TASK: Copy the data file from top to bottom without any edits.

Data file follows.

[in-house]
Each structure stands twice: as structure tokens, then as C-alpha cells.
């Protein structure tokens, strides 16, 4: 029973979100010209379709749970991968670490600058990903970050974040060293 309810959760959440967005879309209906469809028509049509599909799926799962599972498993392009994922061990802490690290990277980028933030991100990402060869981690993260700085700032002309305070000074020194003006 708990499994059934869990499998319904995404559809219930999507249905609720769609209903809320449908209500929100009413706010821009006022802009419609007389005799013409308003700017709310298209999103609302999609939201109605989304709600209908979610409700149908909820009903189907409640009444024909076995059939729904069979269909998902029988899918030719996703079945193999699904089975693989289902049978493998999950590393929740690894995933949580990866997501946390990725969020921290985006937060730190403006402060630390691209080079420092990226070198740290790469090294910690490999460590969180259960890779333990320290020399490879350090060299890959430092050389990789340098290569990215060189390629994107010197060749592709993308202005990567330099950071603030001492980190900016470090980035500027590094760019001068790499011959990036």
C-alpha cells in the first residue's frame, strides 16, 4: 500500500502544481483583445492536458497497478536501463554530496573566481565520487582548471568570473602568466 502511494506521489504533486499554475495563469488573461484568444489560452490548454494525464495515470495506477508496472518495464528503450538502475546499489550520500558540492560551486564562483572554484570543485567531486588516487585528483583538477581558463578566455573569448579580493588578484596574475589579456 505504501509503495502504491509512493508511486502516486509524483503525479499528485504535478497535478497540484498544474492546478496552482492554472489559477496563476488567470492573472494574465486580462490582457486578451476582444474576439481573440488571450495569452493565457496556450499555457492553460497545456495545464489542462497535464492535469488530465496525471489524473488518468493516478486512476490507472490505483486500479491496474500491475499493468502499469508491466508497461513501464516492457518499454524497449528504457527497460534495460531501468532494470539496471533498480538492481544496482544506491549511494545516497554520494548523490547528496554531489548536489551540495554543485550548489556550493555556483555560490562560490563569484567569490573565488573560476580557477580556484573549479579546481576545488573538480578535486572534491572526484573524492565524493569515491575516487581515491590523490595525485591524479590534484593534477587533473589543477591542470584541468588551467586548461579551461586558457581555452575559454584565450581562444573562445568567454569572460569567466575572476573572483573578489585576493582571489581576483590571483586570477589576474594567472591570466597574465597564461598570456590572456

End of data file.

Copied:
[in-house]
Each structure stands twice: as structure tokens, then as C-alpha cells.
């Protein structure tokens, strides 16, 4: 029973979100010209379709749970991968670490600058990903970050974040060293 309810959760959440967005879309209906469809028509049509599909799926799962599972498993392009994922061990802490690290990277980028933030991100990402060869981690993260700085700032002309305070000074020194003006 708990499994059934869990499998319904995404559809219930999507249905609720769609209903809320449908209500929100009413706010821009006022802009419609007389005799013409308003700017709310298209999103609302999609939201109605989304709600209908979610409700149908909820009903189907409640009444024909076995059939729904069979269909998902029988899918030719996703079945193999699904089975693989289902049978493998999950590393929740690894995933949580990866997501946390990725969020921290985006937060730190403006402060630390691209080079420092990226070198740290790469090294910690490999460590969180259960890779333990320290020399490879350090060299890959430092050389990789340098290569990215060189390629994107010197060749592709993308202005990567330099950071603030001492980190900016470090980035500027590094760019001068790499011959990036």
C-alpha cells in the first residue's frame, strides 16, 4: 500500500502544481483583445492536458497497478536501463554530496573566481565520487582548471568570473602568466 502511494506521489504533486499554475495563469488573461484568444489560452490548454494525464495515470495506477508496472518495464528503450538502475546499489550520500558540492560551486564562483572554484570543485567531486588516487585528483583538477581558463578566455573569448579580493588578484596574475589579456 505504501509503495502504491509512493508511486502516486509524483503525479499528485504535478497535478497540484498544474492546478496552482492554472489559477496563476488567470492573472494574465486580462490582457486578451476582444474576439481573440488571450495569452493565457496556450499555457492553460497545456495545464489542462497535464492535469488530465496525471489524473488518468493516478486512476490507472490505483486500479491496474500491475499493468502499469508491466508497461513501464516492457518499454524497449528504457527497460534495460531501468532494470539496471533498480538492481544496482544506491549511494545516497554520494548523490547528496554531489548536489551540495554543485550548489556550493555556483555560490562560490563569484567569490573565488573560476580557477580556484573549479579546481576545488573538480578535486572534491572526484573524492565524493569515491575516487581515491590523490595525485591524479590534484593534477587533473589543477591542470584541468588551467586548461579551461586558457581555452575559454584565450581562444573562445568567454569572460569567466575572476573572483573578489585576493582571489581576483590571483586570477589576474594567472591570466597574465597564461598570456590572456